Facebook and LinkedIn pages indicate Wang studied at Harvard University from 2006 to 2008, and later worked as a Pashto language interpreter for the International Committee for the Red Cross in Afghanistan.

The website of Wang’s adviser at Princeton, Stephen Kotkin, lists Wang’s PhD thesis as ‘‘Islamic Inner Asia.’’

The Mizan report, which included a photo from the Princeton University website, included a quote from Wang in which he had praised the British Institute of Persian Studies for facilitating access to Iran’s National Archives and other libraries.

The quote was used as evidence of his spying activities, the report said. Princeton University did not respond to a request for comment.

‘‘I have been having trouble accessing Tehran’s archives and libraries,’’ Wang said in the 2015-2016 annual report of the British Institute of Persian Studies, a nonprofit organization based in London.

‘‘Mrs. Reyhanpour offered to help,’’ he said of one of the institute’s employees. ‘‘And within a few days, she put me in contact with senior scholars at the National Archive. . . . Without Mrs. Reyhanpour’s help it would be hard to imagine how long it would have taken for me to become acquainted with academic institutions in Iran.’’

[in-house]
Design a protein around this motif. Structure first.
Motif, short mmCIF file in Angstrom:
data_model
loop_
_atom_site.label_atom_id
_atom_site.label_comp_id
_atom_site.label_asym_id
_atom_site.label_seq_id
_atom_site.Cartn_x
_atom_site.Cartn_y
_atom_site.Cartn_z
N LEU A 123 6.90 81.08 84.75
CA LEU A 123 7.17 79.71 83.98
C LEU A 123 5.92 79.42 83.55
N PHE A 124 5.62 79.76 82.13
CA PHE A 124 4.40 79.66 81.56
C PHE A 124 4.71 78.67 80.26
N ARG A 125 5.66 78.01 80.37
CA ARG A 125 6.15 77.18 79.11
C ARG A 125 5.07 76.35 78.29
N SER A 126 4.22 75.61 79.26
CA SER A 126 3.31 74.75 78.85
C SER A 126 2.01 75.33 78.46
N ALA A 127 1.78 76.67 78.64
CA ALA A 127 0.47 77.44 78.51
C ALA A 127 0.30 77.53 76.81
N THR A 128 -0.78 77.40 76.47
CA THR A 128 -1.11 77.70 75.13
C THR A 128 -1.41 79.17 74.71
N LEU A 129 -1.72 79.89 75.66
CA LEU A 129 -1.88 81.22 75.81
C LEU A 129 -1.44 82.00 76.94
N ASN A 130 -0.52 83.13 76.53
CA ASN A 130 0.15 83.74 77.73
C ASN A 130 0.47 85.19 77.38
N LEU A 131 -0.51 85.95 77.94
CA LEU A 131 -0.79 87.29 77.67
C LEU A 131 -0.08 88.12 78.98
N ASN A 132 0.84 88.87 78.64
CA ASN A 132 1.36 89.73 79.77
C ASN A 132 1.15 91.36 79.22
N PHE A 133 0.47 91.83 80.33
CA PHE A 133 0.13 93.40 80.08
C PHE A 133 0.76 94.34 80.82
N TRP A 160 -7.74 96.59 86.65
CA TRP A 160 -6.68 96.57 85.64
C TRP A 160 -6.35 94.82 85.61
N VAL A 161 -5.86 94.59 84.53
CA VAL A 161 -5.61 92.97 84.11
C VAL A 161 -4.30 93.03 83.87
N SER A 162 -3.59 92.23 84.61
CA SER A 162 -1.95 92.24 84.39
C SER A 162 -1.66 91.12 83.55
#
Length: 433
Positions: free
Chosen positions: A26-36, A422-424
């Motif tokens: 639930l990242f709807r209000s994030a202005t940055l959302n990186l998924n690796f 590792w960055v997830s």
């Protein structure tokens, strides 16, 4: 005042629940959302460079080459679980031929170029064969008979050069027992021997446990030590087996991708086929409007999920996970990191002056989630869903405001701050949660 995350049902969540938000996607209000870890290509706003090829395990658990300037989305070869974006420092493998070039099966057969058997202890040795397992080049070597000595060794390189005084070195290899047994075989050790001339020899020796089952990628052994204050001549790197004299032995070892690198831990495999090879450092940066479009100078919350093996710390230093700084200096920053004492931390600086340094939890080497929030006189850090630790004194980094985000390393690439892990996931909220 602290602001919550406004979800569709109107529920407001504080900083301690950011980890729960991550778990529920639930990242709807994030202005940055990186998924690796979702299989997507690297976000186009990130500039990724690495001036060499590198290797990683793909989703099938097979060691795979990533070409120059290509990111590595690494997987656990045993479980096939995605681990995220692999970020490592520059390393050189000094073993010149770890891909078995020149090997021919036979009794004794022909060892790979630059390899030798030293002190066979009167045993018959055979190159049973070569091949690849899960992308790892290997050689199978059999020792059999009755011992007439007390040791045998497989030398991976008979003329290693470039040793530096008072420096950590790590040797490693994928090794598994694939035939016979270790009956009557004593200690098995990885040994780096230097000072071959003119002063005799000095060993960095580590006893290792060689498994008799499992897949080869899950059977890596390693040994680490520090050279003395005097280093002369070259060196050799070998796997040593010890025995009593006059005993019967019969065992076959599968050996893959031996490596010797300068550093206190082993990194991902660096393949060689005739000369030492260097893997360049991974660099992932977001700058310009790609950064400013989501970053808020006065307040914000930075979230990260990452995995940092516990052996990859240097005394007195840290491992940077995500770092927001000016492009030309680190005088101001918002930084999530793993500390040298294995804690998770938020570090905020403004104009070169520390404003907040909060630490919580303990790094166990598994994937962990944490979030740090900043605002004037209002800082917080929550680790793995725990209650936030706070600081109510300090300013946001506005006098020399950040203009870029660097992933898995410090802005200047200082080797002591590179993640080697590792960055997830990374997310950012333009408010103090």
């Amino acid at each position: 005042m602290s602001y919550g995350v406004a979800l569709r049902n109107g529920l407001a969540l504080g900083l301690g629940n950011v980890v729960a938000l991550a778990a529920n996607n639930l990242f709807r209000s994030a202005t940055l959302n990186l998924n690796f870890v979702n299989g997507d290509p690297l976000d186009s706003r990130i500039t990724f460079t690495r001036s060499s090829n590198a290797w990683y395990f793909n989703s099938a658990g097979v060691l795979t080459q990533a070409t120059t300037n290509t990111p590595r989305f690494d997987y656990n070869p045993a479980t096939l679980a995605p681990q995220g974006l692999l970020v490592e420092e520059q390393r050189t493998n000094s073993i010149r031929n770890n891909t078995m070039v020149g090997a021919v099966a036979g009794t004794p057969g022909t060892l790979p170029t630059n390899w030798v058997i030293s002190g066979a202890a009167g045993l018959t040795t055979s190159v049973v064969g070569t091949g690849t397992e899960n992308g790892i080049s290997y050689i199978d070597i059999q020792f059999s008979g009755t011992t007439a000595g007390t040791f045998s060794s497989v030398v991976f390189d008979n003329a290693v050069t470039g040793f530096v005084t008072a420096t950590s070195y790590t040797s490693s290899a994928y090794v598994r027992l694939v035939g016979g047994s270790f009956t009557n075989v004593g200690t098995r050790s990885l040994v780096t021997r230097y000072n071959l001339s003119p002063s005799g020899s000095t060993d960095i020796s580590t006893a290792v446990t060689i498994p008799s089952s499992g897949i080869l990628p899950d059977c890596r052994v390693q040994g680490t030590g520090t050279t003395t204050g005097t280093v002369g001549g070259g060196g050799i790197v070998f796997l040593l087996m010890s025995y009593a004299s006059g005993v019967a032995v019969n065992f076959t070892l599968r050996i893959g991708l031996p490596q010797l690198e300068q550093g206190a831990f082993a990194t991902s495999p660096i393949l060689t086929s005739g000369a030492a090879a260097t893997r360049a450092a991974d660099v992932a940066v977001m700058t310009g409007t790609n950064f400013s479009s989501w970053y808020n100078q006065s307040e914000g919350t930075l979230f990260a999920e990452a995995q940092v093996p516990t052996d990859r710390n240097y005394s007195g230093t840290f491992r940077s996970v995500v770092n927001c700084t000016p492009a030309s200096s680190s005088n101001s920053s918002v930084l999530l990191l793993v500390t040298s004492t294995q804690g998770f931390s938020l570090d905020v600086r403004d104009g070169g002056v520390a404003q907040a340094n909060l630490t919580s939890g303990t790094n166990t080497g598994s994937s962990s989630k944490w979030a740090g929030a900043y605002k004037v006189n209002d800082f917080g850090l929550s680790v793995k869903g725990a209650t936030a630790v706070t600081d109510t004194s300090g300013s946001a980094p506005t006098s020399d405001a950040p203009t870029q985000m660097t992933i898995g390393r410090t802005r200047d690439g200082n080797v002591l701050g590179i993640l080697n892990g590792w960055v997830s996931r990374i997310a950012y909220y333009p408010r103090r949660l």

Wang’s reported conviction comes at a particularly tense time for US-Iranian relations, which have rapidly deteriorated since Trump took office.

Under the previous administration, the United States and other world powers negotiated a deal with Iran to curb its nuclear program in exchange for sanctions relief. It was hailed as a victory for diplomacy and an end to Iran’s global isolation.

But since then, the Trump administration has stepped up its anti-Iran rhetoric and placed US participation in the nuclear deal under review.

Monday is the deadline for the White House to decide whether to issue a waiver on nuclear-related sanctions against Iran, a provision that is required periodically under the terms of the 2015 nuclear deal.

The administration is expected to approve the waiver, despite an internal debate on how to respond to Iran’s human rights abuses and support for militant groups like Hezbollah.

‘‘The Iranian regime continues to detain US citizens and other foreigners on fabricated national-security related changes,’’ a State Department official said. ‘‘We call for the immediate release of all US citizens unjustly detained in Iran so they can return to their families.’’

It was unclear how long Wang has been in Iranian custody. Wang is one of several Americans held by Iran.

Karan Vafadari, an Iranian-American art gallery manager, was detained along with his Iranian wife last year. They have yet to be convicted of a crime.

Siamak Namazi, an Iranian-American businessman, and his 81-year-old father, Baquer Namazi, are each serving 10-year sentences for ‘‘cooperating with the hostile American government.’’

Another Iranian-American, Robin Shahini, was released on bail last year after staging a weeks-long hunger strike while serving an 18-year prison sentence for ‘‘collaboration with a hostile government.’’